The sociologist Michael Young coined the term “meritocracy” to describe a dystopian society in which “merit is equated with intelligence-plus-effort”. But in her first signature speech as prime minister, Theresa May used it as unambiguous positive. Her ambition, she declared, was for Britain to become “the great meritocracy of the world”.
In this quest, May said, “there is no more important place to start than education”. The advance headlines were all on new grammar schools – and she did not disguise her intentions. May rejected the 1998 ban introduced by Labour (“it is completely illogical to make it illegal to open good new schools”) and mounted a vigorous defence of academic selection. The problem, she argued, “was not selective schools per se but rather “selection by house price”. £50m a year, May announced, would be made available “to support the expansion of good or outstanding existing grammars”.
To those who warn that this means a return to the divisive era of the 11-plus and secondary moderns, May insisted that this was not the case. New grammars, she suggested, could be required to take a proportion of pupils from lower-income households and “be asked to establish a good, new non-selective school” (which to some contradicted her vow that “there will be no return to secondary moderns”).
Rather than “the cliff-edge of selection at 11”, May said, there would be greater flexibility, with the transition sometimes happening at 14 or 16. But the conclusion was clear: there will be more children selected at 11. This stance represents her sharpest break yet with David Cameron, a consistent opponent new grammars throughout his premiership. To the charge that May has no mandate for this policy (the 2015 Conservative manifesto spoke only of allowing existing grammars to expand), a spokeswoman emphasised that the document had promised “a good school” for every child.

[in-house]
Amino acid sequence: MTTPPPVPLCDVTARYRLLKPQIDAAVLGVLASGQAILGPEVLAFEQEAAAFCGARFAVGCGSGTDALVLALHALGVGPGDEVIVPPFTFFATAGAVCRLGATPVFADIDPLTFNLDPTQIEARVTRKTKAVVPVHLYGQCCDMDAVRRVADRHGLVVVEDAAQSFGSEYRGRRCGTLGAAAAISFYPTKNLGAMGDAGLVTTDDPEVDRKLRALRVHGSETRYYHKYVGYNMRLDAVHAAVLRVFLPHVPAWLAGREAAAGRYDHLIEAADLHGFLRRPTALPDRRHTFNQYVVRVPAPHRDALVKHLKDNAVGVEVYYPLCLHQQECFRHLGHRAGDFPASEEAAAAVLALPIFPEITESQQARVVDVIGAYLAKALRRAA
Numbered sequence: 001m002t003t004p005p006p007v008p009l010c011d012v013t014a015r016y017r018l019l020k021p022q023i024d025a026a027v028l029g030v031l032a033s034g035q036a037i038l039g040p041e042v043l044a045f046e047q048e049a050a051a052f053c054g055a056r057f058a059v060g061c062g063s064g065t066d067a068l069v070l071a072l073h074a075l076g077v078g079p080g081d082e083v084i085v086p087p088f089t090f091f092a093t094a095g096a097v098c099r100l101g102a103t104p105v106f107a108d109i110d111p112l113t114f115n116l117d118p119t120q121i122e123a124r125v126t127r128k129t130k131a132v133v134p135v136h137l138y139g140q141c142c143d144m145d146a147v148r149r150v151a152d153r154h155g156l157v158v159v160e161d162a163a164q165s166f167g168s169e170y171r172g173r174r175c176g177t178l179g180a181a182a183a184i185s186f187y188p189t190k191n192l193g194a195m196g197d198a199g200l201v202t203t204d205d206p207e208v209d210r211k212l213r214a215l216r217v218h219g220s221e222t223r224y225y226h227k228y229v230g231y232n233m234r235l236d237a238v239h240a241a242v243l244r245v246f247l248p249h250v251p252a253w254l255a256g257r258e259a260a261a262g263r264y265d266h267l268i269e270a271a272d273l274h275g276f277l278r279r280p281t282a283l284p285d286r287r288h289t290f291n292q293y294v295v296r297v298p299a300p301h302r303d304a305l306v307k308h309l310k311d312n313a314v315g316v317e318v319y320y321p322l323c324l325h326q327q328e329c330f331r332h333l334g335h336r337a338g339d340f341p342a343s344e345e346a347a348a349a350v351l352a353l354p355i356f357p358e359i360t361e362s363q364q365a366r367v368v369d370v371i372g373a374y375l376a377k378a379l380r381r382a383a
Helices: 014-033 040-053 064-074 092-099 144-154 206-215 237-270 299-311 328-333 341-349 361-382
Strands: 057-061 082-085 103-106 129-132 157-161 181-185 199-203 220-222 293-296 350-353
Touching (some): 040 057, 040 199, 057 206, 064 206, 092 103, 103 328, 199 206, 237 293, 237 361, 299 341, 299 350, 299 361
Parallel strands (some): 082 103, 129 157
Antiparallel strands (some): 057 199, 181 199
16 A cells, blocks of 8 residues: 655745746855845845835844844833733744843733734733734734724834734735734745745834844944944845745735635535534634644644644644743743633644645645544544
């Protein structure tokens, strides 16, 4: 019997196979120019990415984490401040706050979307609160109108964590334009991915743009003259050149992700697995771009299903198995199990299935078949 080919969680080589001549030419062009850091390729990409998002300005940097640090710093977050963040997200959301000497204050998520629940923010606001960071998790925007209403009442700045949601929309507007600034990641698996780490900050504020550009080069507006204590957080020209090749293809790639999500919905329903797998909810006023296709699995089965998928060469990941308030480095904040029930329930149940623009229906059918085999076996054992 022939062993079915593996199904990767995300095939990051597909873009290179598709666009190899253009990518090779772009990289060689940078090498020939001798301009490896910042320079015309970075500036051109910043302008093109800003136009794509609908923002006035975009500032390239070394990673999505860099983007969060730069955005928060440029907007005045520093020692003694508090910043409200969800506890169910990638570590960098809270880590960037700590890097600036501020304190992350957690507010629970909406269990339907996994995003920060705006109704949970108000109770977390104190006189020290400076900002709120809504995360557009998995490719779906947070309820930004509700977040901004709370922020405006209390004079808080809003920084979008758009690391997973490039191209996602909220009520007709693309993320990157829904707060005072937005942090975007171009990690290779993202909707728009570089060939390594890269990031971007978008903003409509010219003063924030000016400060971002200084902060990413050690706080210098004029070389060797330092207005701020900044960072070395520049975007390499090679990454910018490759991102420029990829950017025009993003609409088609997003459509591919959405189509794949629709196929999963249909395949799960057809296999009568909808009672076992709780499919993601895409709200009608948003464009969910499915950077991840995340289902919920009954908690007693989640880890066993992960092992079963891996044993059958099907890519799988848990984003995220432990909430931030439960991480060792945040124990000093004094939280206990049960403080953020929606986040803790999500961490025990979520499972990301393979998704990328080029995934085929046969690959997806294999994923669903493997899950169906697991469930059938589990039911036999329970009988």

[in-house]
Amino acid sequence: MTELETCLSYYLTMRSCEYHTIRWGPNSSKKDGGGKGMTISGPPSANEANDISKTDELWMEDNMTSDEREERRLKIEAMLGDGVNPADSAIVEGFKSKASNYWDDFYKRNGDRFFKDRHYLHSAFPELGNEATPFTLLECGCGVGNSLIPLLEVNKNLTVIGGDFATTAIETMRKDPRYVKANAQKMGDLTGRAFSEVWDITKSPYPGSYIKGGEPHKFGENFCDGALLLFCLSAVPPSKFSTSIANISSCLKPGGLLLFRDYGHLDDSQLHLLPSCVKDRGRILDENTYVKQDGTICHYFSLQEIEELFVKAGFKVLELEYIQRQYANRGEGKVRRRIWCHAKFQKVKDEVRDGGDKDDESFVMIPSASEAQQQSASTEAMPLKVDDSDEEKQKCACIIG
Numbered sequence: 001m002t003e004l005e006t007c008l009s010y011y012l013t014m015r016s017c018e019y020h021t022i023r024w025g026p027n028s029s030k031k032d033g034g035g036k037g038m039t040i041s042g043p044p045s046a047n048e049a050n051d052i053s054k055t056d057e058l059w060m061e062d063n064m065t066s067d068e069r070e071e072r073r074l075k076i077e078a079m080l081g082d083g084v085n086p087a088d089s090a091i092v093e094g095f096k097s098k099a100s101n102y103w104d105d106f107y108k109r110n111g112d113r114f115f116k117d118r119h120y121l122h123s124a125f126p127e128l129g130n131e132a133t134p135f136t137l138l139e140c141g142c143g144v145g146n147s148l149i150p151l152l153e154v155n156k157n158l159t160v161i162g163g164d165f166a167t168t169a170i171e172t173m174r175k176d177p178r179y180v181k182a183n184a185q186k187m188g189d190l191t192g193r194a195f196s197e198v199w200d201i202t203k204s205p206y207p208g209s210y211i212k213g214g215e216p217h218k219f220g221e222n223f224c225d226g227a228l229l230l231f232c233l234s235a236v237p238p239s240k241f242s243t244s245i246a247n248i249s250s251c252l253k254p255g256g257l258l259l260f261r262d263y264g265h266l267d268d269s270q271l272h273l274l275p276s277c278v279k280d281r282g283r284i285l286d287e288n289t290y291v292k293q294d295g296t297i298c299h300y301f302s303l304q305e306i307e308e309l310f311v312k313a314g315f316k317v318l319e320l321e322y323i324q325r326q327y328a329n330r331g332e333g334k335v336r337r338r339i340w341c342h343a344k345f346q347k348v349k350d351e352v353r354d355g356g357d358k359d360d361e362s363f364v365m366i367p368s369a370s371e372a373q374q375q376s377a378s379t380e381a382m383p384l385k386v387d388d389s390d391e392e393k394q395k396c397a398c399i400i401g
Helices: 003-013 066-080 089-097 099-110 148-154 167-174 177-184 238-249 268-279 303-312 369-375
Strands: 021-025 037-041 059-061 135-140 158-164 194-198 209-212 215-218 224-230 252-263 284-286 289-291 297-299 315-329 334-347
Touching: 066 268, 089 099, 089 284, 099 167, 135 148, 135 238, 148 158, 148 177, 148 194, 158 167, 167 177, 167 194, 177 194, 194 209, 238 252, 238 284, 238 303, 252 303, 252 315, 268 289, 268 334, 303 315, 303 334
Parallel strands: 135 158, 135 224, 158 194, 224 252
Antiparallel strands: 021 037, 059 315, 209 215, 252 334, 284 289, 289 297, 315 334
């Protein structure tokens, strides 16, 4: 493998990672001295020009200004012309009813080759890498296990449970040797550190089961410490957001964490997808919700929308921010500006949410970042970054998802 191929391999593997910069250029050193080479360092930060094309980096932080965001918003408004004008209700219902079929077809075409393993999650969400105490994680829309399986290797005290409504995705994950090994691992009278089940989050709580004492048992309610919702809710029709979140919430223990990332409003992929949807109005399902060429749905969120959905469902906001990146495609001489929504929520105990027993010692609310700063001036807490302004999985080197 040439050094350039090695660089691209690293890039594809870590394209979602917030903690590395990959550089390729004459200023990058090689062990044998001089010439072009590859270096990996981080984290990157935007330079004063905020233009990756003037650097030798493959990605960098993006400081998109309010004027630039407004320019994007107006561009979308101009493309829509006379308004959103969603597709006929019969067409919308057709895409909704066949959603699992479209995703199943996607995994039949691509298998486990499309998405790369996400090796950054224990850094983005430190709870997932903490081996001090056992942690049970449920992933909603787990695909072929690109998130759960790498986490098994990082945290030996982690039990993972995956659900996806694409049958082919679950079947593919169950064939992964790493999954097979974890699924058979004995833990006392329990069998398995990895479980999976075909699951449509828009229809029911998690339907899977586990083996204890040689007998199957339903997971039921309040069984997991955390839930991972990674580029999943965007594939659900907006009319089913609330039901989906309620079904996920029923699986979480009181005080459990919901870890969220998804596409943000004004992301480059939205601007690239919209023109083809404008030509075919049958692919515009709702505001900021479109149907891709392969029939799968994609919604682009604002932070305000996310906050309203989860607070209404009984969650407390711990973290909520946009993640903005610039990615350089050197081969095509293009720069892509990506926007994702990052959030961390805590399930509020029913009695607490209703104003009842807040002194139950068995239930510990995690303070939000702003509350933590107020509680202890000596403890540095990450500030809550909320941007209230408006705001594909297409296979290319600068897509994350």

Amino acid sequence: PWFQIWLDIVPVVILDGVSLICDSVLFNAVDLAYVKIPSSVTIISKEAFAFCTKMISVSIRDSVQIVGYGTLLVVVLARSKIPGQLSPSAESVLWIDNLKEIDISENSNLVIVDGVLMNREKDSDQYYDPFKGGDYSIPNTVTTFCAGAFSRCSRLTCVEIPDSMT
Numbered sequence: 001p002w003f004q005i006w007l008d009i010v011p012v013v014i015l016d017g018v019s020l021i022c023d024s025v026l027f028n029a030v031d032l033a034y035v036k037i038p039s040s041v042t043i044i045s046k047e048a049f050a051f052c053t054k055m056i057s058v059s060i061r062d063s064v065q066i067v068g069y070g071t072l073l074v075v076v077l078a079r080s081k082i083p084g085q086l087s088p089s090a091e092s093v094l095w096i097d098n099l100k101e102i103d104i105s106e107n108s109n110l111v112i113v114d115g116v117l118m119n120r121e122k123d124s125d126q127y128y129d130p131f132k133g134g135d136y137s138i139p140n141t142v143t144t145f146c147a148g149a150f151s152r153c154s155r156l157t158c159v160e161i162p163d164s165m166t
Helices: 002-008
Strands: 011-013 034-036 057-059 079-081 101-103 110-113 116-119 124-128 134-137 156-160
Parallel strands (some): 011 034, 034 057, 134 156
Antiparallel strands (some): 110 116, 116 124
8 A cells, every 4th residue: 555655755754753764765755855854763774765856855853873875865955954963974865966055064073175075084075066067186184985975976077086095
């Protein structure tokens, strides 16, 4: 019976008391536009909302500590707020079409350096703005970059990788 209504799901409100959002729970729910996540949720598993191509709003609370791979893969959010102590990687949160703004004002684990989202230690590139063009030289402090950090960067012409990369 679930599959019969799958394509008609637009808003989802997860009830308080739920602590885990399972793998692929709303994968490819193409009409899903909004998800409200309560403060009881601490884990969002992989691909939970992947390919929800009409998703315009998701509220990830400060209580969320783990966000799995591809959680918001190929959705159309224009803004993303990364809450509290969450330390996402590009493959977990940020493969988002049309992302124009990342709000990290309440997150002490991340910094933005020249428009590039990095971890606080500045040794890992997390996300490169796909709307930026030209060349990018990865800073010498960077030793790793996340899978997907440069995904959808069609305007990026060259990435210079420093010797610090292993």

But the media’s preoccupation with new grammars concealed the extent of May’s ambition. In her speech, she roamed far more widely. Universities, she announced, would be required to sponsor a state school or establish a new free school in return for charging higher tuition fees. She complained of an excessive focus on student bursaries, arguing that resources were better deployed in ensuring that more make the grade to begin with.
Faith schools, she promised, would no longer be limited to selecting only 50 per cent of their pupils on the basis of their faith (a policy condemned this morning by Conservative MP Sarah Wollaston). “The intention is to improve the diversity of the school’s intake but in practice it has little impact on many Jewish, Muslim, Sikh and Hindu schools because they tend not to appeal to parents of other faiths.” May, who attended an independent Catholic school during her education, paid special tribute to the church’s institutions. They were, she said, “more ethnically diverse than other faith schools, more likely to be located in deprived communities, more likely to be rated Good or Outstanding by Ofsted, and there is growing demand for them.”
Finally, and most radically for a Conservative prime minister, May announced that private schools would be forced to work harder for their charitable status and accompanying tax breaks. Those with the “capacity and capability” will be required to set up and manage new state-funded schools, or fund places for those from poorer backgrounds. May, a politician who is alternately cautious and radical, has launched an education revolution on multiple fronts.
As notable as her proposals were those they were directed at. In recent history, both Labour and Conservative politicians have spoken of “working families”. But May spoke repeatedly of “ordinary, working class people”. Echoing the words she spoke after becoming prime minister, she vowed that “everything we do will be driven not by the interests of the privileged few”. She is determined to shed the “party of the rich” label that Cameron never could.
But May also made a Thatcher-esque pitch for the lower middle class, those she described as “just about managing” and the “hidden disadvantaged”. While Ed Miliband struggled to define the “squeezed middle, the Prime Minister was far clearer about who she had in mind: “If you’re earning nineteen, twenty, twenty one thousand pounds a year, you’re not rich. You’re not well off. And you should know you have our support too.”
As a grammar school girl, May is able to deliver this message far more convincingly than the expensively educated Cameron or George Osborne ever could. Nor did her proposals appear motivated by a desire to capture “the centre ground”. For May what is right matters more than what is popular.
With a majority of just 12, and the epic task of delivering Brexit, the Prime Minister may yet find that she has overreached. But May has shown that she is not content merely to hold power – but to use it.